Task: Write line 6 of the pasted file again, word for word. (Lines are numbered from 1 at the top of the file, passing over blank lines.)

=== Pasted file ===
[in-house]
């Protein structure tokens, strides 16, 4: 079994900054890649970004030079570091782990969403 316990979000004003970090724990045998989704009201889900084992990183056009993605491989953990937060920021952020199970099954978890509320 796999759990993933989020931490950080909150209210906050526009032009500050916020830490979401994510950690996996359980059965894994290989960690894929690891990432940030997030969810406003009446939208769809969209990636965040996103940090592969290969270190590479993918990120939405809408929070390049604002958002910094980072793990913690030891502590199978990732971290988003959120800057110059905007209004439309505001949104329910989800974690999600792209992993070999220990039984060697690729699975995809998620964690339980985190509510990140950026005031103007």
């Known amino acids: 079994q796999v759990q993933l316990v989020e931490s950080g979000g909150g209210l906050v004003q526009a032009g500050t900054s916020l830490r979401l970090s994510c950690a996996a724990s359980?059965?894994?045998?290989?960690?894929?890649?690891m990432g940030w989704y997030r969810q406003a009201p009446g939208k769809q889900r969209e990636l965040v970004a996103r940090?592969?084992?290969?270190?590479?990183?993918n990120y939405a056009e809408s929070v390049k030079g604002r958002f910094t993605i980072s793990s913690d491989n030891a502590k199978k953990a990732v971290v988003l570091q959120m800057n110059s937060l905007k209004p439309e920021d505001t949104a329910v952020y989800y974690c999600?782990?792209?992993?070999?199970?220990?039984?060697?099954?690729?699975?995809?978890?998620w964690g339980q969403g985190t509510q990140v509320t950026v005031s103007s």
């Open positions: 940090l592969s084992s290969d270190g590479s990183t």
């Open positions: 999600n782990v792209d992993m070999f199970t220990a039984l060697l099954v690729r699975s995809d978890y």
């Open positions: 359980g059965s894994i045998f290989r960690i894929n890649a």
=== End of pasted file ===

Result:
């Open positions: 359980g059965s894994i045998f290989r960690i894929n890649a």